Clients Come First — Or How to Go Crazy the Thursday Bram Way

I haven’t been spending as much time writing for this blog as I would like over the course of this summer. This isn’t an excuse — just a simple fact. That’s because this summer hasn’t been as simple as I’d hoped and, when things get crazy, I have to focus on work for clients first.

That’s sort of the freelancers’ credo: clients come first. We’ll skimp on our own projects, kill off our social life and do anything else it takes to make sure that the projects we’ve contracted for get finished. After all, we want to pay our bills, eat something other than ramen and generally have a respectable income. Our clients are the only ones writing us checks.

When crises hit, we bunker down — we get through the client projects that we can and everything else can quickly fall to the wayside. And that’s been the story of my summer. No one wants to hear the litany of whining that goes along with a retelling of my summer and I’m not after sympathy, but it’s worth admitting that as freelancers, our priorities are not exactly what they might be if we held jobs.

How to Make It Worse

While I haven’t been active here as much as I’d like, I did find a way to make my life even more complicated. I’ve been working on some of my other side projects, and had some pretty interesting partnership opportunities come up. Of course I said yes — why make my life easier?

There is a light on the other side of the tunnel, of course. My business is growing by leaps and bounds and it’s (hopefully) going to reach an equilibrium soon. I’ve been able to find some great help and I’m not exactly going it alone. And, if my side projects work out the way I know they can, I’m going to have a little more financial freedom in my writing career.

Coming Back from the Crazy

This summer, if nothing else, has given me some opportunity for reflection. I have a much better idea of where I want to take my writing in the future and I think I have some valuable information to share in the future.

I’ve rearranged my priorities and I know where I’m headed. Just to give you a head’s up, you’re going to see that reflected in the content here.

You’re going to see more about several topics:

  • Going beyond freelancing
  • Building up passive income stream
  • Turning writing from a service to a product
  • The project management side of writing
  • Creating partnerships to earn more money
  • Hiring staff or subcontracting to expand a writing business

In short, I want to talk about writing as a business — without the assumption that freelancing is the only way for a writer to run her business. It is a question I’ve been struggling with, especially when I’m not in a position to put in the sheer number of hours that tend to go along with a good freelancing career.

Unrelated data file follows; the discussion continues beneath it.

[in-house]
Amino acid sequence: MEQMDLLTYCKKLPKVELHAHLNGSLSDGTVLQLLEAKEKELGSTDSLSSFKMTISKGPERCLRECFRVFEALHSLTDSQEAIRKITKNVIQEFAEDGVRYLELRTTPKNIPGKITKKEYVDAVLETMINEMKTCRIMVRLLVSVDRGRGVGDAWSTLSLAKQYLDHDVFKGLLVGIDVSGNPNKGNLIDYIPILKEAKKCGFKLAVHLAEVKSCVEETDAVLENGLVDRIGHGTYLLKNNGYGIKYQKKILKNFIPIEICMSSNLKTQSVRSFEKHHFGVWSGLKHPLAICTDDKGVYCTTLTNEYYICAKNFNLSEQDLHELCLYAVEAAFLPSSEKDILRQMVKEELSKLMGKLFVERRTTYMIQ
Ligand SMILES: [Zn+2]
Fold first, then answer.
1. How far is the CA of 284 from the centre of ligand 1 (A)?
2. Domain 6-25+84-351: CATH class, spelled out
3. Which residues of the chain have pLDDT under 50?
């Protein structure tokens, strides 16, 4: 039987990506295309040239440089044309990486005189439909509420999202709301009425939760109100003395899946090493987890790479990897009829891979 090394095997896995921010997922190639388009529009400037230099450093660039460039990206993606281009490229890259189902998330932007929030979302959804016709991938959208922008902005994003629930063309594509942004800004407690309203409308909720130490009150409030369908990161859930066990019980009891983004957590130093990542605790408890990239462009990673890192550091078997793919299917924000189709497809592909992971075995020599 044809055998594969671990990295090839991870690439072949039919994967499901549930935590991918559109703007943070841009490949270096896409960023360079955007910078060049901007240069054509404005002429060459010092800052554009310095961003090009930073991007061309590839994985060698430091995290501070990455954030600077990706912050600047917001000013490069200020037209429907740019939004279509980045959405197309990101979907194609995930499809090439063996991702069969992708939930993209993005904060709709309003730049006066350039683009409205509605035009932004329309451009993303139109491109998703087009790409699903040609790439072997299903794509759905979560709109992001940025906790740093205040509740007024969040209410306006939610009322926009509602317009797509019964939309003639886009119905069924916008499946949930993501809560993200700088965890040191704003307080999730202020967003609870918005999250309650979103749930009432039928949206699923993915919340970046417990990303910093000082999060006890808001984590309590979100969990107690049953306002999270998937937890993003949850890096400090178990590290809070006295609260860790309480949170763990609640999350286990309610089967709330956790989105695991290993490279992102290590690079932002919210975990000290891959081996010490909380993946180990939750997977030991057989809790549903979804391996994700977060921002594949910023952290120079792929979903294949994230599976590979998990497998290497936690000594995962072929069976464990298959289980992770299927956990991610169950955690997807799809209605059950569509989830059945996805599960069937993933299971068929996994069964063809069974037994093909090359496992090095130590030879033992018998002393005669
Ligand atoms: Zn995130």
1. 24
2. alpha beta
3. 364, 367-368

I don’t think I’m the only one, either. A lot of us get into freelancing because we are looking for flexibility and, yes, it does provide a lot more flexibility than an employer ever would. But there are other constraints, often on income and time. There has to be a way to build up great income without giving up flexibility or constantly working ourselves to the edge of burnout.

I’m Not the Only Crazy Person

The entire profession of writing is undergoing some interesting upheavals right now, and there aren’t a lot of clues to where things are going. We know that the Internet has created an incredible demand for new content. We also know that outsourcing to countries like India or the Philippines (where many people speak English fluently) are changing the types of work that we are seeing. Big batches of SEO articles routinely get outsourced, while a writer from the US or the UK will be hired to ‘localize’ those articles.

It’s easy to see the changing economics as a problem — as a sign that the world has gone crazy. But it is just as easy to find opportunities. It takes almost nothing to start an online publication or to act as a content marketing consultant. Well, nothing for a writer who pays close attention to what is going on online. We have to embrace those opportunities.

Image by Flickr user Stuart B Pilbrow


  1. P.S. Jones   •  

    1) I had no idea what that picture was of for the first ten minutes of staring at it.
    2) Congrats on productive (yet tiring) summer. It’s nice to be wanted, even if it’s stressful.
    3) Excellent point on being flexible and the ability to evolve. I hear writers complaining all the time about how this industry is dying or that industry has gone to hell. My thoughts are that you can either mourn the change or find opportunity in it. Those that find opportunity will still be here surviving and growing tomorrow. Those that don’t, won’t.

  2. thursday   •     Author

    @P.S. And here I was, thinking I was witty for picking a photo of someone pulling their hair out… Oh well.

    I do think flexibility is a problem for a lot of writers: I’ve worked in an old-school newsroom and it was the folks who couldn’t change who were winding up jobless the fastest. Strangely enough, it was often the newer journalism students who were inflexible. There was one old character who had done every type of writing over the years (screenplays, non-fiction books and more, in addition to his career at the newspaper) and he was taking up blogging while I was there. That’s the writer who will always have work.

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